Israel, UAE close to reaching tax treaty

However, regardless of when the treaty is actually signed and ratified by both countries, it would only come into effect next January 1.

THE FLAGS of the US, UAE, Israel and Bahrain are projected on the walls of Jerusalem’s Old City in September. (photo credit: YONATAN SINDEL/FLASH90)
THE FLAGS of the US, UAE, Israel and Bahrain are projected on the walls of Jerusalem’s Old City in September.
(photo credit: YONATAN SINDEL/FLASH90)
A taxation treaty that would boost investment ties between Israel and the United Arab Emirates is in the works and could be finalized within the coming weeks.
The treaty is expected to help facilitate more than $2 billion in annual bilateral trade in the coming years and could grow to as much as $6.5b. a year within the coming decade. That would make the UAE one of Israel’s most significant trading partners.
Taxation treaties help ensure that individuals and corporations don’t pay the same taxes twice to different countries, and they help encourage bilateral trade. The basic terms of the Israel-UAE treaty have been agreed upon by both sides, and only a few questions of the scope of the agreement remain to be finalized.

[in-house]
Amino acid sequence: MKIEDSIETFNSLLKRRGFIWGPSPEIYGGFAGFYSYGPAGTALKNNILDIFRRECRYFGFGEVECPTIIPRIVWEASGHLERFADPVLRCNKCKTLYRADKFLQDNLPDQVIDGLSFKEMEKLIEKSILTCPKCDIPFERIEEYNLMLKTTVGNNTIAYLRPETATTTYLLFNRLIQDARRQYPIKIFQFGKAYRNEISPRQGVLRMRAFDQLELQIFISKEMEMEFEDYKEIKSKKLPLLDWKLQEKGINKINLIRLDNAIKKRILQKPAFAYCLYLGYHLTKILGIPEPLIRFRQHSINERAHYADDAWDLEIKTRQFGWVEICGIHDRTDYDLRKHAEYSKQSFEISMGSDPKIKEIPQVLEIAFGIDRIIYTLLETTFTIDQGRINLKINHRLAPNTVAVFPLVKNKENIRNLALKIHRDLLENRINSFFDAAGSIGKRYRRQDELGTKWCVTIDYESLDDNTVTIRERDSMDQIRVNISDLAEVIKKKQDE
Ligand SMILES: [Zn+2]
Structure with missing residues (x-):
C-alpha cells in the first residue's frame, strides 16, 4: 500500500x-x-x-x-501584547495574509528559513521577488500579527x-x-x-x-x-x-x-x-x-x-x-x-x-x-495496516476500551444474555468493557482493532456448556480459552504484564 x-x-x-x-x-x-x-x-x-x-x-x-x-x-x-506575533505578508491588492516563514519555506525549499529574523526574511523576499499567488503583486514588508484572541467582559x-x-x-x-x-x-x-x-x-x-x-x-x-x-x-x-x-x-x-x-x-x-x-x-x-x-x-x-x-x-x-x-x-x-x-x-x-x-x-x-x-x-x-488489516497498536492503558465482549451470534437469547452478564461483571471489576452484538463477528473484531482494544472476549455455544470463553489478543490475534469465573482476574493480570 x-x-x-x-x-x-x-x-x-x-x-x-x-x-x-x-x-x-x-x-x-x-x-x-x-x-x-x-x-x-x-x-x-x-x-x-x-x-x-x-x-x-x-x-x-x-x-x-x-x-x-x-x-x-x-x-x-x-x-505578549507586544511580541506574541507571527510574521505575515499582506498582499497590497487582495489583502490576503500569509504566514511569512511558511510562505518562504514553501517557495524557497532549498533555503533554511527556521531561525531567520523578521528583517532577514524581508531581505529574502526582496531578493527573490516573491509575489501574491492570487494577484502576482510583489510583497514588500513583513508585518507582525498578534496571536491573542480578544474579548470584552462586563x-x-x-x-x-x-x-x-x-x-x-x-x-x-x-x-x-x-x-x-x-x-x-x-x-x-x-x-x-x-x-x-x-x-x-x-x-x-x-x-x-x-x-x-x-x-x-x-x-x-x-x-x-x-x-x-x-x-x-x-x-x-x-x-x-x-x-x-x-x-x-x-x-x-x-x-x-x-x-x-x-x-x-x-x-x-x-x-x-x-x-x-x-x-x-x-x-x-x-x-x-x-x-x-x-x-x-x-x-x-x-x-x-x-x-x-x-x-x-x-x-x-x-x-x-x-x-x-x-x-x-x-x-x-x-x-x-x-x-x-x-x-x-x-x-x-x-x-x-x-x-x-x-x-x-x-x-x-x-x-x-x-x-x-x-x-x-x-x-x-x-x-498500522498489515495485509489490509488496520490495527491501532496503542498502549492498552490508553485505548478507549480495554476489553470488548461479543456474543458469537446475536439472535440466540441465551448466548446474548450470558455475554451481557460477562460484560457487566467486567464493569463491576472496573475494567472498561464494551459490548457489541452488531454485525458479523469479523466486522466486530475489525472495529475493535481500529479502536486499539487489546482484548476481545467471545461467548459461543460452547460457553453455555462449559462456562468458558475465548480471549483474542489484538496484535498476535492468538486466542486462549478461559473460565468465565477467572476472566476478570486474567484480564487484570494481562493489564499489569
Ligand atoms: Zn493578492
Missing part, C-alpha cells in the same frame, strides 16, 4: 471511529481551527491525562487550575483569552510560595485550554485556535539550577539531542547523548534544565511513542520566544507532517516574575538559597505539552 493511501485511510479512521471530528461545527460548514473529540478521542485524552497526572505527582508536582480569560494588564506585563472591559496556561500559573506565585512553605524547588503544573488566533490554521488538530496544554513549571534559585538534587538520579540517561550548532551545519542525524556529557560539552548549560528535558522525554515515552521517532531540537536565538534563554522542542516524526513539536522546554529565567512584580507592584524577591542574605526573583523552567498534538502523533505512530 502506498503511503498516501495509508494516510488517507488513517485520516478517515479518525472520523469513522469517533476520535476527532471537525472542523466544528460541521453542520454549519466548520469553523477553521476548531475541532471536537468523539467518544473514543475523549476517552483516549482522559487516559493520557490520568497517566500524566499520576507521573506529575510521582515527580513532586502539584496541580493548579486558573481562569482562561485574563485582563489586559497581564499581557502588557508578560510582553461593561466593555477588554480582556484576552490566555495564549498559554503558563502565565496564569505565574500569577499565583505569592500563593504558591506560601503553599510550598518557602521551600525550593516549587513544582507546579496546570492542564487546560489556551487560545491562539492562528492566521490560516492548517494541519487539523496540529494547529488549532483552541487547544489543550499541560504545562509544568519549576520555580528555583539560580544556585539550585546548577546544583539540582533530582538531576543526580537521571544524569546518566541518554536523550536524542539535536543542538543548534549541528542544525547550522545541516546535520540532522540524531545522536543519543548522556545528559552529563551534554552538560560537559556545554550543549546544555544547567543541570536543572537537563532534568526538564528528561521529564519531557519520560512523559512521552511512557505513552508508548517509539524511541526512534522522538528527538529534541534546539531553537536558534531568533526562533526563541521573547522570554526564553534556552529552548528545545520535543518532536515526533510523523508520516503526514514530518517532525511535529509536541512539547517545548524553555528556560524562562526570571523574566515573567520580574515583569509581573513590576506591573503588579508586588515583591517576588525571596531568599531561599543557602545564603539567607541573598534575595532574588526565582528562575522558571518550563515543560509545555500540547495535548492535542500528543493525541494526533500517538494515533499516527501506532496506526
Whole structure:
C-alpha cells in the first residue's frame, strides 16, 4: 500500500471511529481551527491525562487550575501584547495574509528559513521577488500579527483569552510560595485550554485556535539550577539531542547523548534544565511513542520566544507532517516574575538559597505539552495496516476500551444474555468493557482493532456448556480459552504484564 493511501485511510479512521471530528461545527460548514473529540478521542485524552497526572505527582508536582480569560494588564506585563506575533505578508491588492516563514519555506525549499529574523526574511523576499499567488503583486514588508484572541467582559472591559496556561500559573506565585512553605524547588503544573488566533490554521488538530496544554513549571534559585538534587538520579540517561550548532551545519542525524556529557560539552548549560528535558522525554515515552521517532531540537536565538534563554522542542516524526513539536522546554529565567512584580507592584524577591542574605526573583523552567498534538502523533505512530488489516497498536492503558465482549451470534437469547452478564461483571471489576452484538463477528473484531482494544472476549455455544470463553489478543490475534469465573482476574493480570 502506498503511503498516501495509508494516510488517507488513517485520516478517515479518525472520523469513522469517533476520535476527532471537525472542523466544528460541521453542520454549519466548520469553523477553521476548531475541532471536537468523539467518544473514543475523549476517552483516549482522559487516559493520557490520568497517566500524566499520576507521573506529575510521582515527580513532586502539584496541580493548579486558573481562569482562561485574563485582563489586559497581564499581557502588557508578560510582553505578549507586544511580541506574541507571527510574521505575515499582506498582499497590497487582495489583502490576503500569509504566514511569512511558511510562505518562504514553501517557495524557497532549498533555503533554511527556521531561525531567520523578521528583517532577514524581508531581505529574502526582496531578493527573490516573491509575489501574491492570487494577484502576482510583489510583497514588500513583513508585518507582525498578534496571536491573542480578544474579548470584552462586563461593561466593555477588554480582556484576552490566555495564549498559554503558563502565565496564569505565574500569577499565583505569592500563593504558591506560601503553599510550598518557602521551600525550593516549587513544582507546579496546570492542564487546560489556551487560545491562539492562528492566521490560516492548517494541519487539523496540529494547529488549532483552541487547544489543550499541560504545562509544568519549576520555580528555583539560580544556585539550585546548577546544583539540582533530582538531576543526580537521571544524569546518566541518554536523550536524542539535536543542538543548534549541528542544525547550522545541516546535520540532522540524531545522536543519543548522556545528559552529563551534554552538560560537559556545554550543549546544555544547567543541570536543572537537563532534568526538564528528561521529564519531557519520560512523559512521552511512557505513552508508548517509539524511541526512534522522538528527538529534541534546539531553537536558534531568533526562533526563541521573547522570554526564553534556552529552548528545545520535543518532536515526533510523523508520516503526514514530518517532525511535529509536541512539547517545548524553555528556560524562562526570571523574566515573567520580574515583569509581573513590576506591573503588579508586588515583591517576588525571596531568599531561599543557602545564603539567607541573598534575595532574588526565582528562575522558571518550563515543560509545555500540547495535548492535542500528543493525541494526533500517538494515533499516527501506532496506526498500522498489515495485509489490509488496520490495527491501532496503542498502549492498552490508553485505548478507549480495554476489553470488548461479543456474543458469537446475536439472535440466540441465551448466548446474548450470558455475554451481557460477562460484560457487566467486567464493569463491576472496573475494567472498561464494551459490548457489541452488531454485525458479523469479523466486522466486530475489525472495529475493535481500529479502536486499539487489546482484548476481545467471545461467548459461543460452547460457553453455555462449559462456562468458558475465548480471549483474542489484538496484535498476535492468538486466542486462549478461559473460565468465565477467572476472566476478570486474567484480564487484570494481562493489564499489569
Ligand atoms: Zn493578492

However, regardless of when the treaty is actually signed and ratified by both countries, it would only come into effect next January 1.
Since the two countries agreed to normalize relations in mid-August, the business and economic communities of Israel and the UAE have forged a number of collaborative efforts and partnerships to ease trade. While informal trade between the two nations existed before the Abraham Accords came into effect, even insiders have been surprised at how warmly economic ties have developed since the accords were formally signed last September.
Israel signed normalization agreements with several Arab countries last year, including Bahrain, Sudan and Morocco. The UAE is the only nation with which a tax treaty is currently being drafted.
Both countries have much to gain from increased commercial relations. Israel sees the UAE as a global trading hub that would give it greater access to Asian markets. The UAE sees Israel as a nexus with the West, and Emirati investors are hungry for lucrative investments in Israeli companies, particularly in the tech sector.
Existing flights between the two countries resumed this month after Israel ended its pandemic airport closures. Business travelers and tourists want to explore markets that have until recently been forbidden.
Israeli airlines El Al, Israir and Arkia, as well as Emirati-owned flydubai, have all launched regular flights between Tel Aviv and Dubai. Etihad launched the first-ever regular commercial flight to Israel from Abu Dhabi last week.